Skip to main content

Ohio governor reduces sentence for man who killed mom

  • Story Highlights
  • Jeffrey Hill stabbed his mother after smoking cocaine in 1991
  • Family recommended commutation, said they had suffered enough
  • Hill will be sentenced to 25 years to life in prison but could be released
  • "I constantly wish I could take it back," Hill has said
  • Next Article in Crime »
By Bill Mears
Decrease font Decrease font
Enlarge font Enlarge font

WASHINGTON (CNN) -- A man who stabbed his mother to death while on a crack-cocaine binge was spared lethal injection Thursday after Ohio's governor commuted his sentence to life in prison.

Gov. Ted Strickland said he agreed with the state parole board that Jeffrey Hill deserved a 25-year-to-life sentence. The inmate was to be put to death March 3.

The objections of Hill's family to the capital punishment, saying they had suffered enough, was among the reasons cited by the governor in his decision.

The parole board unanimously recommended last month that Hill be given clemency and serve life in prison. He had expressed repeated remorse for his actions, telling the Cincinnati Enquirer this week, "I constantly wish I could take it back."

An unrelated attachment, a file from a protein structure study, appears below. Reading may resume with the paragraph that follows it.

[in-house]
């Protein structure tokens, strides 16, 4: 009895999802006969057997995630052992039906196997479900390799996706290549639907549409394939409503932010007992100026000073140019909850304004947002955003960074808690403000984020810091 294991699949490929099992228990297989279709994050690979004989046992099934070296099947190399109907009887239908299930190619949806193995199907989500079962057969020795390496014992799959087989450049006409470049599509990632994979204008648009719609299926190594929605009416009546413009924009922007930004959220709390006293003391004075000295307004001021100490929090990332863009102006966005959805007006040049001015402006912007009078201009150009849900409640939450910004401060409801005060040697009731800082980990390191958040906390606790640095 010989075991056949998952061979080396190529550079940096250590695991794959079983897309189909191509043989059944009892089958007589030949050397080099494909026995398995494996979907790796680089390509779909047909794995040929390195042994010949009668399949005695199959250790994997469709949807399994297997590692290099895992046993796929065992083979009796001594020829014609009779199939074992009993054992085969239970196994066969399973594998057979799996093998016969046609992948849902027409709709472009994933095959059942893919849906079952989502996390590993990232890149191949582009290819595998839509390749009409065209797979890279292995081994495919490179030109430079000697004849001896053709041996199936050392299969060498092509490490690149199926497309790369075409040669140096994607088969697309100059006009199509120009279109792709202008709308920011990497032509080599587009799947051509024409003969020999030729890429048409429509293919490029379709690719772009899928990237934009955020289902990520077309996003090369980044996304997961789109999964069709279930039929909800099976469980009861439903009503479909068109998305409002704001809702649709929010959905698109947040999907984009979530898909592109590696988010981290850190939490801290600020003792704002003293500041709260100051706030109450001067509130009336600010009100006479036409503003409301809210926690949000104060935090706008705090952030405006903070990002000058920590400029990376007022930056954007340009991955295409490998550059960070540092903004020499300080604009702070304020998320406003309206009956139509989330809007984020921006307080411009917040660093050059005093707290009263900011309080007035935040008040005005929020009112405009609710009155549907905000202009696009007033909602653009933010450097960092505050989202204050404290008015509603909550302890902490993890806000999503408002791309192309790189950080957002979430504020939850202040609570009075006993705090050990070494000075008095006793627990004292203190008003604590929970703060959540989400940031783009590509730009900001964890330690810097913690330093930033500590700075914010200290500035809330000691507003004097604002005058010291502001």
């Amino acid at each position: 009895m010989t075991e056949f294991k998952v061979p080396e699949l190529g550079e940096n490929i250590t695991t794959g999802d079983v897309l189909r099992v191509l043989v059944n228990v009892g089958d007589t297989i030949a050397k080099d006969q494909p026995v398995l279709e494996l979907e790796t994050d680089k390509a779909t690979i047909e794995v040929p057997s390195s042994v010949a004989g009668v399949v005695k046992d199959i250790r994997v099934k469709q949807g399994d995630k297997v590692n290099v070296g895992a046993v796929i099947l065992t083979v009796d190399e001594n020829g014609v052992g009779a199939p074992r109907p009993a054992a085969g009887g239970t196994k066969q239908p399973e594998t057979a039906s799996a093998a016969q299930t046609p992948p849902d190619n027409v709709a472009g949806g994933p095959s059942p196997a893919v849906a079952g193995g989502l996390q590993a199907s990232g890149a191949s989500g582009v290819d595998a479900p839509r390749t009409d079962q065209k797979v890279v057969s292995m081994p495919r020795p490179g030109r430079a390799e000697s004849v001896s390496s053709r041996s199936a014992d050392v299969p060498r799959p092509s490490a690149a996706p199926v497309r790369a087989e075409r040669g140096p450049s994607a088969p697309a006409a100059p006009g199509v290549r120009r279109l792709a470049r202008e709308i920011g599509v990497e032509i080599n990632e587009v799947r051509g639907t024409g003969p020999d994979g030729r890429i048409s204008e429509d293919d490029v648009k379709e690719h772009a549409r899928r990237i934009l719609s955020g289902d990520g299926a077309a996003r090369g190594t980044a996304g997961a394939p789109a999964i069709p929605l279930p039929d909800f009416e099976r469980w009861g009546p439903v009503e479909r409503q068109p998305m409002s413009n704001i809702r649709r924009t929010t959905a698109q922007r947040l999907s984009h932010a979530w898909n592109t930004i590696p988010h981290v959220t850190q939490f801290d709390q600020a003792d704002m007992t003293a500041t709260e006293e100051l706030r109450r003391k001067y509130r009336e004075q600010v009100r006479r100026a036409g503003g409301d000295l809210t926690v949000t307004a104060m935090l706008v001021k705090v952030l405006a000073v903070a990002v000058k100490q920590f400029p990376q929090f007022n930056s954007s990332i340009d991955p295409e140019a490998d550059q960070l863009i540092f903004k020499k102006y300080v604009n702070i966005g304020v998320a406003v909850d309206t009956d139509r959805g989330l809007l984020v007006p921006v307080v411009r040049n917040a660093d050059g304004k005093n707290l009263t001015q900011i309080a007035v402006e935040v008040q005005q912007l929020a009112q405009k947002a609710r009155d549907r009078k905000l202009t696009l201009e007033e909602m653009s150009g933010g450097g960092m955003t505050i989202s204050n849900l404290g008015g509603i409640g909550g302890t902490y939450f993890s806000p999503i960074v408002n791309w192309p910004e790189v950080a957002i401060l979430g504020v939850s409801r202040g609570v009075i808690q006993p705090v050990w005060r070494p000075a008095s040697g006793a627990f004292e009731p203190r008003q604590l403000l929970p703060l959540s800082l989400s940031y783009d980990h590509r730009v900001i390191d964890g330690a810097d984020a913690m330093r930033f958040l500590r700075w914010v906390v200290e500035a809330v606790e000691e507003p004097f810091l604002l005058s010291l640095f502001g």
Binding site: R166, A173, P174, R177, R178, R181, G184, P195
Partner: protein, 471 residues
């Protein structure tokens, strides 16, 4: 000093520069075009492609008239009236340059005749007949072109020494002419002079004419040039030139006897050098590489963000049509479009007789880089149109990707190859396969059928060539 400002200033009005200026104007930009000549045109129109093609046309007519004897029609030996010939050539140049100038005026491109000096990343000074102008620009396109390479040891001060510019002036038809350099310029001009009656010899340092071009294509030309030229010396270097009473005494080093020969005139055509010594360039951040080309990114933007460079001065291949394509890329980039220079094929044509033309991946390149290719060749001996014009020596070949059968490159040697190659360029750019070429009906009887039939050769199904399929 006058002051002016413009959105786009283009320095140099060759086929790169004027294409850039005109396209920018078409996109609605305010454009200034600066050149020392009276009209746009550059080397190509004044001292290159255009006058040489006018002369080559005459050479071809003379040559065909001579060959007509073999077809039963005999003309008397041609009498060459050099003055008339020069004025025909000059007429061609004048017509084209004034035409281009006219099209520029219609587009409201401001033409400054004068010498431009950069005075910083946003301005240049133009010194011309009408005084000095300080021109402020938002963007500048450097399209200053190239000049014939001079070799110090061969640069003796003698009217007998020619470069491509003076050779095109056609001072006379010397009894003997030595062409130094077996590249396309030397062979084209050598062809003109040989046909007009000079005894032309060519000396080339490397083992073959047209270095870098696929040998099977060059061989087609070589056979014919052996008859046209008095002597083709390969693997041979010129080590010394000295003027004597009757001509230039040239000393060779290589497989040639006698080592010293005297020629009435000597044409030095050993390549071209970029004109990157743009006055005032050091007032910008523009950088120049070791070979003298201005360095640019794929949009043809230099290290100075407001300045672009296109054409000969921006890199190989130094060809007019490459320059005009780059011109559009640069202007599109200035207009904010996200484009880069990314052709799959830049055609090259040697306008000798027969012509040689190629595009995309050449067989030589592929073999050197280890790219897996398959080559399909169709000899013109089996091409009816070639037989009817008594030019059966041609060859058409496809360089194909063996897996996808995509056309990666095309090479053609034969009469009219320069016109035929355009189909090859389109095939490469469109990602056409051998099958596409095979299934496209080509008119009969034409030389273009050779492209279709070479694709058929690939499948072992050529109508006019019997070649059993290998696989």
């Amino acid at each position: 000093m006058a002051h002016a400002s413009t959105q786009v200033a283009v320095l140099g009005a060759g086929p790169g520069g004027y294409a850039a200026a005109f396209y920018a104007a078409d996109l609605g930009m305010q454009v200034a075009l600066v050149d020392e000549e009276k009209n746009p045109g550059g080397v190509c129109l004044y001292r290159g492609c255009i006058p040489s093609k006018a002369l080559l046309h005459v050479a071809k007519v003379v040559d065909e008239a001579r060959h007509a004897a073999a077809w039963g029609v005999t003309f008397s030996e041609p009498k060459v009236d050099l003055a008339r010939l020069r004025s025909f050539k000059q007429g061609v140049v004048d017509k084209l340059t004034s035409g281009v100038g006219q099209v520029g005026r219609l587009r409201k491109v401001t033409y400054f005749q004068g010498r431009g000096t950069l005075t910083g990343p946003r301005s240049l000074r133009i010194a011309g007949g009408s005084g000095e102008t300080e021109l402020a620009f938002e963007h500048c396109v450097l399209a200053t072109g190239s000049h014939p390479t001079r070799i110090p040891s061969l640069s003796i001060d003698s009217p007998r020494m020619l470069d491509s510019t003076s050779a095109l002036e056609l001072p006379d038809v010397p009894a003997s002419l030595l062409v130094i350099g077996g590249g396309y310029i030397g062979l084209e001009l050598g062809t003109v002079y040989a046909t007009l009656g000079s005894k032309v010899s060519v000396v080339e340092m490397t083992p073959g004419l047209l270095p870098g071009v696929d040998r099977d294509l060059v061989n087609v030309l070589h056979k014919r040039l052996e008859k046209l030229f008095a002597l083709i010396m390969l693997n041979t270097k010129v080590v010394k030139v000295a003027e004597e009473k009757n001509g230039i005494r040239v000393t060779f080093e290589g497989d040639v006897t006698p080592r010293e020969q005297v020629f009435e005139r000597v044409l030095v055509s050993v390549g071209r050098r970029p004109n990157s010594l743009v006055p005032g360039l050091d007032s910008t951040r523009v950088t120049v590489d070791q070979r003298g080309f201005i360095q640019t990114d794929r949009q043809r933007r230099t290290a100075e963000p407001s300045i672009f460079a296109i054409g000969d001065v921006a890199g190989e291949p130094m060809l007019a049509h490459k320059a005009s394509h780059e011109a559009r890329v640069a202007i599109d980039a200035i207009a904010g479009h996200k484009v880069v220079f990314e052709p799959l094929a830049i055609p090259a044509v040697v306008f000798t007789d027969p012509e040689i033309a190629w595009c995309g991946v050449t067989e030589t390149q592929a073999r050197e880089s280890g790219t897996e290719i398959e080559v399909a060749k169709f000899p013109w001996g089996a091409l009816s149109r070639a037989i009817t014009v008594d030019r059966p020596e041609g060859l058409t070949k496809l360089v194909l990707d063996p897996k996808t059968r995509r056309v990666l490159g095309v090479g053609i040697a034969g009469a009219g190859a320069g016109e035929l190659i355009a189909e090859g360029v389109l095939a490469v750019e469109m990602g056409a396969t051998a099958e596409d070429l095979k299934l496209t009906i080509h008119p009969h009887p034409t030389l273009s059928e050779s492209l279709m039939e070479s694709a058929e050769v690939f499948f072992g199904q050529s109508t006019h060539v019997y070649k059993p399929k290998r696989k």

Corrections officials in the state said it was the first time someone who killed a family member had the unanimous backing of surviving family members against execution.

"I made a promise to my family. If they wanted to fight, I would fight" the planned execution, Hill said in the interview. "If they wanted me to die, I would do it. I didn't want to hurt them anymore."

Hill said he does not recall stabbing 61-year-old Emma Hill to death in her Cincinnati apartment in 1991. He admitted smoking cocaine both before and after the crime, and getting into a heated argument with his partially paralyzed mother.

Court records cited his trial testimony, in which he said he remembered his mother "was talkin' to me ... and the next thing I know, she's layin' on the floor" and stabbing her "more than once" with a kitchen knife."

He then ransacked the home and stole money to buy more drugs. The woman's body was discovered by police two days later.

Lawyers for the 44-year-old inmate argued that he did not have adequate legal representation at his capital sentencing and that the death sentence was excessive when compared with similar murder cases.

Strickland's commutation means Hill could be released from prison. He remains at the Ohio State Penitentiary in Youngstown.

All About OhioCapital Punishment

  • E-mail
  • Save
  • Print